Properly controlling the hydroponic environment is perhaps one of the most challenging tasks the modern grower must face. Either with a small grow room or a big green house, it is difficult to properly control variables such as temperature, humidity, pH and nutrient concentration, ensuring they are all kept in tight ranges with the proper controlling actions always being applied. Today we’re going to talk about some of the research done into advanced control systems and how using these could help you boost your crop yields.
Hydroponic crops are dynamic systems, with plants continuously affecting their environment and demanding control actions in order to keep conditions constant. For example plants will tend to transpire water and absorb carbon dioxide during their light cycle, so in order to keep humidity and carbon dioxide concentrations constant you might need to turn on humidifiers, dehumidifiers, carbon dioxide generators, etc. Knowing what action needs to be taken is not trivial and naive control implementations – like turning on humidifiers, AC systems, etc when some thresholds are reached – can cause problems where sensors fight each other (for example a sensor trying to increase ambient humidity and another trying to raise temperature) or even fail to trigger.
In order to provide better control, researchers have created systems that rely on machine learning – systems that can learn from examples – in order to learn what control actions are needed and execute them in order to provide ideal control to a hydroponic setup. A machine learning system will be able to anticipate things like the lag between turning an AC unit on and the temperature decreasing, so it will be able to be both more efficient and more accurate in the way it controls your environment. This use of automated control guided by machine learning is also known as “smart hydroponics”.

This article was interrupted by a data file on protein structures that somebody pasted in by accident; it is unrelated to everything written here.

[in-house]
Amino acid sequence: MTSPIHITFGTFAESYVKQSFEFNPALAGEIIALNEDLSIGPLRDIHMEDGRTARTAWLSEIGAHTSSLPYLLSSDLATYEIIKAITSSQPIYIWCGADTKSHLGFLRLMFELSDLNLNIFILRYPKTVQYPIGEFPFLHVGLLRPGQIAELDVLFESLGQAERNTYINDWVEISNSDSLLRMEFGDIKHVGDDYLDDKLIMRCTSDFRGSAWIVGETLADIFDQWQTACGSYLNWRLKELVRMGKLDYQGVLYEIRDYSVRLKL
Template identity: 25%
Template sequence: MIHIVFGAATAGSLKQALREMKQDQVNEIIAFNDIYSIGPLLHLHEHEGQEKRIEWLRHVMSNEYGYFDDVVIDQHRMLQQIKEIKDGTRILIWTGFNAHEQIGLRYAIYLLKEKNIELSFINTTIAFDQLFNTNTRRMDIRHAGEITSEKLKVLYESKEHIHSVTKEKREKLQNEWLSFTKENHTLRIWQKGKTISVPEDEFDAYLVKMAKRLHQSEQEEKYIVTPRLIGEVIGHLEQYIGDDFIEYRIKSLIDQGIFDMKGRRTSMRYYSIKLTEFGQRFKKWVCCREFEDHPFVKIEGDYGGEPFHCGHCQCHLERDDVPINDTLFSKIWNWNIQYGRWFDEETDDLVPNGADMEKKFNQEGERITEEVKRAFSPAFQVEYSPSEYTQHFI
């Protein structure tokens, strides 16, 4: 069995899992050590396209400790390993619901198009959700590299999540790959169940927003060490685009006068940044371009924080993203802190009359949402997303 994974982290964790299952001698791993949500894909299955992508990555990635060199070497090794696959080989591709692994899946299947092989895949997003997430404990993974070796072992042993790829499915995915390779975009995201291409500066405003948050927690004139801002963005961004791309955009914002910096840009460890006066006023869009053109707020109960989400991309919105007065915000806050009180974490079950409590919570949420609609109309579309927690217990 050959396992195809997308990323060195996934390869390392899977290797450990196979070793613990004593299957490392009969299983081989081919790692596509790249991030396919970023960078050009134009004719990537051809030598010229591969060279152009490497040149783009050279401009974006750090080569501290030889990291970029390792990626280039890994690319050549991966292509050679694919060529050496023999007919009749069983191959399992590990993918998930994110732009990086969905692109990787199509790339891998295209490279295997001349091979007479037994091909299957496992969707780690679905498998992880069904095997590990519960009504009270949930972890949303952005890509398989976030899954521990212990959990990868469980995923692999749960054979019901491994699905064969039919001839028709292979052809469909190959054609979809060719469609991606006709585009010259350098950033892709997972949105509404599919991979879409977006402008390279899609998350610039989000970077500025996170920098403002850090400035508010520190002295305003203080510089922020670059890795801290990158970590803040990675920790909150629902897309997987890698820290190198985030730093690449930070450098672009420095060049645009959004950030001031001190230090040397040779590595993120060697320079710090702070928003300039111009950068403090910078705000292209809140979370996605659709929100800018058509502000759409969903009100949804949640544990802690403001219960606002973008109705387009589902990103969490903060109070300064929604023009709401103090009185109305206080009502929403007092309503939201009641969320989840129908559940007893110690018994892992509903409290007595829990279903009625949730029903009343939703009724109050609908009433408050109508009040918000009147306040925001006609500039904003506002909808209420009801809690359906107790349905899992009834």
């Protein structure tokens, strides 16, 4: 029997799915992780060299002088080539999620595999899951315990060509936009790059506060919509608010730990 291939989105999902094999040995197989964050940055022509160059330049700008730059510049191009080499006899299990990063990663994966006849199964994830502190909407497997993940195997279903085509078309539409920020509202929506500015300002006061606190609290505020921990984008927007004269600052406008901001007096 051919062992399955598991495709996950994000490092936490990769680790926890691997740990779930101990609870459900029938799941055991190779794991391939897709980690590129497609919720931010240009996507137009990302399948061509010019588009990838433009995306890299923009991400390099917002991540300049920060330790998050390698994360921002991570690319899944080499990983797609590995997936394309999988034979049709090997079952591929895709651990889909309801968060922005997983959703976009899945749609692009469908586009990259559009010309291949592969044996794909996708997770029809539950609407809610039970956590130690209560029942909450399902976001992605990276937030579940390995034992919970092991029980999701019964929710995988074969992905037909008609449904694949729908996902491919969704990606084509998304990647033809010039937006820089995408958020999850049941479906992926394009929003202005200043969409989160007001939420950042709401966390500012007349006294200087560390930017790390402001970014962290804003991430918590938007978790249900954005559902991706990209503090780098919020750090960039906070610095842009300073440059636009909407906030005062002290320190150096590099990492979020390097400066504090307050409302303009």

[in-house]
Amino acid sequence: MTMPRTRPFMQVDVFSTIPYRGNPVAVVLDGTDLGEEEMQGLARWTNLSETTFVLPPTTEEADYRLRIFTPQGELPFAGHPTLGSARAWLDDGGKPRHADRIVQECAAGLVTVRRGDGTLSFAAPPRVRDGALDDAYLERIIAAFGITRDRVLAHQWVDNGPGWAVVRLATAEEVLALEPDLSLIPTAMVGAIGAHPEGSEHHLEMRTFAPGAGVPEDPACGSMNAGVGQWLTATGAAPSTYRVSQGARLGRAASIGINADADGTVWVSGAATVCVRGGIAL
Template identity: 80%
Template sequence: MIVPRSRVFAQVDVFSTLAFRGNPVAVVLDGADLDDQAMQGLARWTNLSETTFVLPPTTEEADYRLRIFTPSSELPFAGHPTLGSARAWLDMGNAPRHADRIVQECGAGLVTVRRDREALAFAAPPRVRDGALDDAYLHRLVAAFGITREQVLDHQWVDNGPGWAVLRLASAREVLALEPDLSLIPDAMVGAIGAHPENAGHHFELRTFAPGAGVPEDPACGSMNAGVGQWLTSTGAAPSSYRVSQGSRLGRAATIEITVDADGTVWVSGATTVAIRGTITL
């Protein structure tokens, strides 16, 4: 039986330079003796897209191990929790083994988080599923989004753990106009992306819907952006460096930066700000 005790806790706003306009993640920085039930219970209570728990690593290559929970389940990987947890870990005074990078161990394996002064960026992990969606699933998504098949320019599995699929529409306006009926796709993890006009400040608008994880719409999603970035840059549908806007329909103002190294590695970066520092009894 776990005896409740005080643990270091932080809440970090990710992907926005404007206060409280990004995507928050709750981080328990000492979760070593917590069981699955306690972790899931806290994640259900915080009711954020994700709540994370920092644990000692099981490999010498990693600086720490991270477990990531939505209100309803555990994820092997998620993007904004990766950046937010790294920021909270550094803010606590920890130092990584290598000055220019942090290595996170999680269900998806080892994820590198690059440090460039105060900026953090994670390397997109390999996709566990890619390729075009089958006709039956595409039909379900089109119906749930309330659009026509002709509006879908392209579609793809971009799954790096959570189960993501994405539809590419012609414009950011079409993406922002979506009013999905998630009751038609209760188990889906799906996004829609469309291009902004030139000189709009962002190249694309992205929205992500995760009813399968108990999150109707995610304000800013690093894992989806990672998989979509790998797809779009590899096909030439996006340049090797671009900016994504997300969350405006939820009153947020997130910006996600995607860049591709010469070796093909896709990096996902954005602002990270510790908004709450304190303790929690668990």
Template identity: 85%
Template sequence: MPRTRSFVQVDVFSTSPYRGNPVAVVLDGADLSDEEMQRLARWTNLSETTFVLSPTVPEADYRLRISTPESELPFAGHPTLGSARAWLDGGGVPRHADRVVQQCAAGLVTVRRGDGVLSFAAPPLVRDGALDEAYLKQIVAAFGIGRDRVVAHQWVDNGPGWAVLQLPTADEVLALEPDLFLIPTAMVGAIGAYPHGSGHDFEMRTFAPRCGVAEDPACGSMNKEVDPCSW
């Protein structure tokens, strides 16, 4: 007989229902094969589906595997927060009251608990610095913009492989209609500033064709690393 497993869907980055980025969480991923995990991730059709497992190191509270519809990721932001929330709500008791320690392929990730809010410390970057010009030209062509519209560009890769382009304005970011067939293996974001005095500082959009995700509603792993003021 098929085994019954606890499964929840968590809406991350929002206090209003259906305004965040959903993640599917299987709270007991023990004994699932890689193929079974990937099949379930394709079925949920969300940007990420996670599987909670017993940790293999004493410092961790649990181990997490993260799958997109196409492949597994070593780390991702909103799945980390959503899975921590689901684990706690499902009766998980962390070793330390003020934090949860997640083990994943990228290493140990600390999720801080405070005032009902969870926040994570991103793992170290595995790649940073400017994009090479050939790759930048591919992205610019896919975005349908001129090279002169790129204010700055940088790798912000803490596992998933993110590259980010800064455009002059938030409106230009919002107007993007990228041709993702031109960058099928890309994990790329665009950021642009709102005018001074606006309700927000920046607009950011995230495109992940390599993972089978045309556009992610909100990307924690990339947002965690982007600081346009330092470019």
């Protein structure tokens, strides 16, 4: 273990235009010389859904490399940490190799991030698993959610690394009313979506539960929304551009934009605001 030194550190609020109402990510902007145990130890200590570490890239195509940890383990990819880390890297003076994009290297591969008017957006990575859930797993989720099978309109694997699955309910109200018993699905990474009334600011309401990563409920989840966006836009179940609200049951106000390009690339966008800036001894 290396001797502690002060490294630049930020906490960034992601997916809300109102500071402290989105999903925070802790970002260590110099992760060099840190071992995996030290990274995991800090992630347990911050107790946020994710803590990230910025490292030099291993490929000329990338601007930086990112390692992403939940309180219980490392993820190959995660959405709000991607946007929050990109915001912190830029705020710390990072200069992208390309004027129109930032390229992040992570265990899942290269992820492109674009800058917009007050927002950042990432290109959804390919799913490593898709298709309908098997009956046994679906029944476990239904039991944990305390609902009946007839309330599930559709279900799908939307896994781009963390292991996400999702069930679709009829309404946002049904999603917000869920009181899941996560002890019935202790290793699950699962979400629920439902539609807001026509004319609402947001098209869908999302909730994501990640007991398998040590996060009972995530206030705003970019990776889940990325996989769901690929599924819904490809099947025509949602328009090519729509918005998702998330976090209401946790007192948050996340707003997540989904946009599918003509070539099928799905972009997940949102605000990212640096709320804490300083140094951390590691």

For example you can read this paper where growers were able to increase the yield of a crop by 66% just by ensuring they could maintain proper environmental conditions the entire time using machine learning. In this case the researchers use a probabilistic method where the system determines the probability of an action – like triggering a sensor – will cause a desired effect. As data is accumulated the system basically executes whichever action has the highest probability to lead to the desired outcome.
There are other papers on the subject. In this one a deep learning neural network is used to perform a similar control role, although the quantification of improvements in this paper is not sufficient to claim that the control method would have been an improvement over a traditionally managed hydroponic setup, as the comparison is made between a soil control, not a hydroponic control with no automated environmental management.
This paper uses a simple IoT sensor control system and a multivariate regression approach in order to control the environment in a hydroponic greenhouse, this system was created with the aim to be cheap and usable in developing countries.
Although there are now several different demonstrations of this being done in the literature there still does not seem to be a commercially mature technology to carry out this task and the implementations seem to still be tailor made to each particular situation. However the modeling techniques used are not exceedingly complex and even modest commercial growers could – nowadays – afford to setup something of this nature.
With a computer, some arduinos, raspberry pi computers, sensors and time and effort a grower could definitely setup a very nice, machine learning based control system to benefit from the above described technologies.